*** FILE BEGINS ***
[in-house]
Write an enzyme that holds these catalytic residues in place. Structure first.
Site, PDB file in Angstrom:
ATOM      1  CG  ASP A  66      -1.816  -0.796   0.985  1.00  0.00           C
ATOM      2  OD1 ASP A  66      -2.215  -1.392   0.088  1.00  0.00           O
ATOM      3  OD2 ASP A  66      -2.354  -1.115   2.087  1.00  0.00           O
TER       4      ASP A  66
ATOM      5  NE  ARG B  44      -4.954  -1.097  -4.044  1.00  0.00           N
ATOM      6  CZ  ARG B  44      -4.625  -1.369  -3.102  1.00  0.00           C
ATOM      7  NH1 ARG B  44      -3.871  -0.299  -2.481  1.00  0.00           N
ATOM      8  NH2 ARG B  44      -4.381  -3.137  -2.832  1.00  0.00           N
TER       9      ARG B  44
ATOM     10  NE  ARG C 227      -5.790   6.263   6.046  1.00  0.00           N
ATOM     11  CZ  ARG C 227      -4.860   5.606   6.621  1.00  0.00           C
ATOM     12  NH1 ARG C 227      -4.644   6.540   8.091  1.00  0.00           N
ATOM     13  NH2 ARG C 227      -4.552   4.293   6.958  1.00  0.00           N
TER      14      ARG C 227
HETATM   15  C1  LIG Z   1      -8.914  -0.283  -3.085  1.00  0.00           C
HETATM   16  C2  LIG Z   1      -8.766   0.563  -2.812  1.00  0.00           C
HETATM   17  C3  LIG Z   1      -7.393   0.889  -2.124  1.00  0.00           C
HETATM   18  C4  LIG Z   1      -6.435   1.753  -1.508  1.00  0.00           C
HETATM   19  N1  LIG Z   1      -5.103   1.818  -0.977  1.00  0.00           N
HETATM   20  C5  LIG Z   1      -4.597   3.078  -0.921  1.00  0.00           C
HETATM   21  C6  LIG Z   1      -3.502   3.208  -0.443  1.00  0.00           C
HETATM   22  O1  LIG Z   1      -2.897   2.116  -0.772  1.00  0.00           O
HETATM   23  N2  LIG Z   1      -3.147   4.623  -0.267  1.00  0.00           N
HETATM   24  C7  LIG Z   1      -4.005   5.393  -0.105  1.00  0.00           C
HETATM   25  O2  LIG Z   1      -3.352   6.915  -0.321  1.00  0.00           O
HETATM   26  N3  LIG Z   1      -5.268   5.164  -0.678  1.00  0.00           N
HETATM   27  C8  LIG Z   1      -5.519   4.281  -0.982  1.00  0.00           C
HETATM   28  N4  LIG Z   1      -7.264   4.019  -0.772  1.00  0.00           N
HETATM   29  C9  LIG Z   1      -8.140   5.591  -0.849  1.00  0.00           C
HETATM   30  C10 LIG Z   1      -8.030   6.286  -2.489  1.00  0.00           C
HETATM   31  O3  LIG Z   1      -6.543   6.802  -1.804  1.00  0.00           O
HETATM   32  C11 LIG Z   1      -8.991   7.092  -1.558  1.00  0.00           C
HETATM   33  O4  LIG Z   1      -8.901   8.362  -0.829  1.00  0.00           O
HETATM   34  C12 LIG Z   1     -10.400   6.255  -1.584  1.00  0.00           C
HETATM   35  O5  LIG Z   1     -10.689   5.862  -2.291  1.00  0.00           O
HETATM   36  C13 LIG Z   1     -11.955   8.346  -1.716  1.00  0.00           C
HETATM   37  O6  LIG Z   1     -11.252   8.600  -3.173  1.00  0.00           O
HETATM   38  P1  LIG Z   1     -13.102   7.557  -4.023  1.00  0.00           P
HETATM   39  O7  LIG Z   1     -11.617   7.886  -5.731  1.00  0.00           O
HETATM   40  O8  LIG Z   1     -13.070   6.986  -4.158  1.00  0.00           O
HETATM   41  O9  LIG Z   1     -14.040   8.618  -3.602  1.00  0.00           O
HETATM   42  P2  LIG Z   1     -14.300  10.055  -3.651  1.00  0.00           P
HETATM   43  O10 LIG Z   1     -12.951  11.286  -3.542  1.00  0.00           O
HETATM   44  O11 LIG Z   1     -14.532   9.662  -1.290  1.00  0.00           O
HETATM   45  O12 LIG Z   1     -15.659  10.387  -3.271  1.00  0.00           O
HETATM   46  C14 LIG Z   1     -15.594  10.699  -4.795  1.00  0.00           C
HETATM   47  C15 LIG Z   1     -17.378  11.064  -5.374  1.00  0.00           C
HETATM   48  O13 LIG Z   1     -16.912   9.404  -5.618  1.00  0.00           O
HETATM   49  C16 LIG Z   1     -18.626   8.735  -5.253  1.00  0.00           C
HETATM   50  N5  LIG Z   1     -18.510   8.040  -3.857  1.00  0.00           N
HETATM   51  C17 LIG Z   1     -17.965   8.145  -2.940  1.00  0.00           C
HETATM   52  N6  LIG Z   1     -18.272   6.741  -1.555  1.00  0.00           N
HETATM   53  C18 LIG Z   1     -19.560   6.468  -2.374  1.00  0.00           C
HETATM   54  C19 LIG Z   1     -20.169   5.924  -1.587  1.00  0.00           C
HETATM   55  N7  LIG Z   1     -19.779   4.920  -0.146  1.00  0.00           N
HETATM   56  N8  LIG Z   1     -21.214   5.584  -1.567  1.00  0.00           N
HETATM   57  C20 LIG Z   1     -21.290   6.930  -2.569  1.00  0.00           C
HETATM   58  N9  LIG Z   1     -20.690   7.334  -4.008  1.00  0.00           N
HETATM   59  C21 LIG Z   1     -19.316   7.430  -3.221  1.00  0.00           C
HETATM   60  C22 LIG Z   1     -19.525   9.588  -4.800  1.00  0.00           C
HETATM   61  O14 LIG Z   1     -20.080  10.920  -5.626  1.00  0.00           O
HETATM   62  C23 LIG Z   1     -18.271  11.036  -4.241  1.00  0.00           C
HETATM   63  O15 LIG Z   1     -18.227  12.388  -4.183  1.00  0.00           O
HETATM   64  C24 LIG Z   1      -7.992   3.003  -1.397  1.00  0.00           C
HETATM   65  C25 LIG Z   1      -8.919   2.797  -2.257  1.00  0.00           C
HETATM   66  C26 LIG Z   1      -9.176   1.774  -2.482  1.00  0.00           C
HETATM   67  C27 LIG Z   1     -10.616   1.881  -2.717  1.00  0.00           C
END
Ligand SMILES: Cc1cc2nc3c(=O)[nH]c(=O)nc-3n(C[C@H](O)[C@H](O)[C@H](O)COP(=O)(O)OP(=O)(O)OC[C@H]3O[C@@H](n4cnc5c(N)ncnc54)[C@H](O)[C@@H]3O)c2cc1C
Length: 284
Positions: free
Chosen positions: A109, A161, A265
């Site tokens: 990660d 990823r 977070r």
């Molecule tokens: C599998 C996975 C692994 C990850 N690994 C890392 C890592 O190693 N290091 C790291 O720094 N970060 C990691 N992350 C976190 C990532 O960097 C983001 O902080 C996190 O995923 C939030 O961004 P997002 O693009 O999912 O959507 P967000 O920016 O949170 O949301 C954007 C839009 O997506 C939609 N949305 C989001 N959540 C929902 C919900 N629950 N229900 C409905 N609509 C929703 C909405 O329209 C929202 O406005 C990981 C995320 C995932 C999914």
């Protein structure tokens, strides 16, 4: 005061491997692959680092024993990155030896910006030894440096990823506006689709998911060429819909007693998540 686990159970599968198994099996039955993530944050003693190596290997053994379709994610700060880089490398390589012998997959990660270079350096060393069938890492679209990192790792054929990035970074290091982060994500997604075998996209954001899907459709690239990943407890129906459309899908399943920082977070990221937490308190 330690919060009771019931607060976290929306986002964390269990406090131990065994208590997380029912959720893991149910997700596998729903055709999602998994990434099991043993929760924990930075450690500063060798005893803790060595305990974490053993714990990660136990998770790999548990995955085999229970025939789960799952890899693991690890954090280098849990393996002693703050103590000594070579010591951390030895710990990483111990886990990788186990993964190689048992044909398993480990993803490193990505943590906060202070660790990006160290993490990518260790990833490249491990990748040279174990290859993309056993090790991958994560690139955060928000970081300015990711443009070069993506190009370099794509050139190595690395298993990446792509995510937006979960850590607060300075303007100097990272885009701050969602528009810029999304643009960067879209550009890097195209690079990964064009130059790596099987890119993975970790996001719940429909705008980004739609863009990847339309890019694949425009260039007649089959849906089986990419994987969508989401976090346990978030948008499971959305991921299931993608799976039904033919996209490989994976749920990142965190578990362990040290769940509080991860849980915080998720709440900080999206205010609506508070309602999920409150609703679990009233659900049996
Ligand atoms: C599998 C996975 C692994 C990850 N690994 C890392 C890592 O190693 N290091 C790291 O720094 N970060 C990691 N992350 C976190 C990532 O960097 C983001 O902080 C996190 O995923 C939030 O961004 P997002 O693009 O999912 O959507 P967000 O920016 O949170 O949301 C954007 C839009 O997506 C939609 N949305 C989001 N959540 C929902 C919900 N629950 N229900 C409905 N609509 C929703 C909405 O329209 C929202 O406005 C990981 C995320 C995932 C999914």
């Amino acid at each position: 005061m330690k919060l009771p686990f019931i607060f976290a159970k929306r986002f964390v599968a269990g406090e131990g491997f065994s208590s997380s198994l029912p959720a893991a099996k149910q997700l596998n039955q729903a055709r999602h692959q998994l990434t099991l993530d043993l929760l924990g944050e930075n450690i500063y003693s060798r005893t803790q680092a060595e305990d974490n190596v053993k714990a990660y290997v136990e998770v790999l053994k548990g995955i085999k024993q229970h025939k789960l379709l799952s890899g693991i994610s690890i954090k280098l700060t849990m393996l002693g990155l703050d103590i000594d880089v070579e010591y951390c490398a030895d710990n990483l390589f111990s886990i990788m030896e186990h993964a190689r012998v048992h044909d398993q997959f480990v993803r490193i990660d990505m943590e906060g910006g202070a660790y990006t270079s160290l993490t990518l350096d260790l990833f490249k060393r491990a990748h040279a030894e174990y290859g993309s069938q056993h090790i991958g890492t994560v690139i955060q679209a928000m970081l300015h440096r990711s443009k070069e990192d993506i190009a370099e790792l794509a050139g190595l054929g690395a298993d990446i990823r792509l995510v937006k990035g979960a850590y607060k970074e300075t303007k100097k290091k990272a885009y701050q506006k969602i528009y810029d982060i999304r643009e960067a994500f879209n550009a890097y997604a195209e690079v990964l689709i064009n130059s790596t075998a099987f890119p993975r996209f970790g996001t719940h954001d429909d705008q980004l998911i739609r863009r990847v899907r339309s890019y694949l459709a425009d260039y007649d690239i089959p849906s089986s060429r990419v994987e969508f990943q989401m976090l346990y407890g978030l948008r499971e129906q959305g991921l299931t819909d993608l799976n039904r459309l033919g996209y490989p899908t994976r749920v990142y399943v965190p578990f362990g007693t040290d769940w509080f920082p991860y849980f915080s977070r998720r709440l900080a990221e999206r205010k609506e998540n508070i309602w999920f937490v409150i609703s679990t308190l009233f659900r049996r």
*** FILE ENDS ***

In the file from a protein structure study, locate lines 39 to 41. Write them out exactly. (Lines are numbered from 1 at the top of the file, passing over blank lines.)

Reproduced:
HETATM   36  C13 LIG Z   1     -11.955   8.346  -1.716  1.00  0.00           C
HETATM   37  O6  LIG Z   1     -11.252   8.600  -3.173  1.00  0.00           O
HETATM   38  P1  LIG Z   1     -13.102   7.557  -4.023  1.00  0.00           P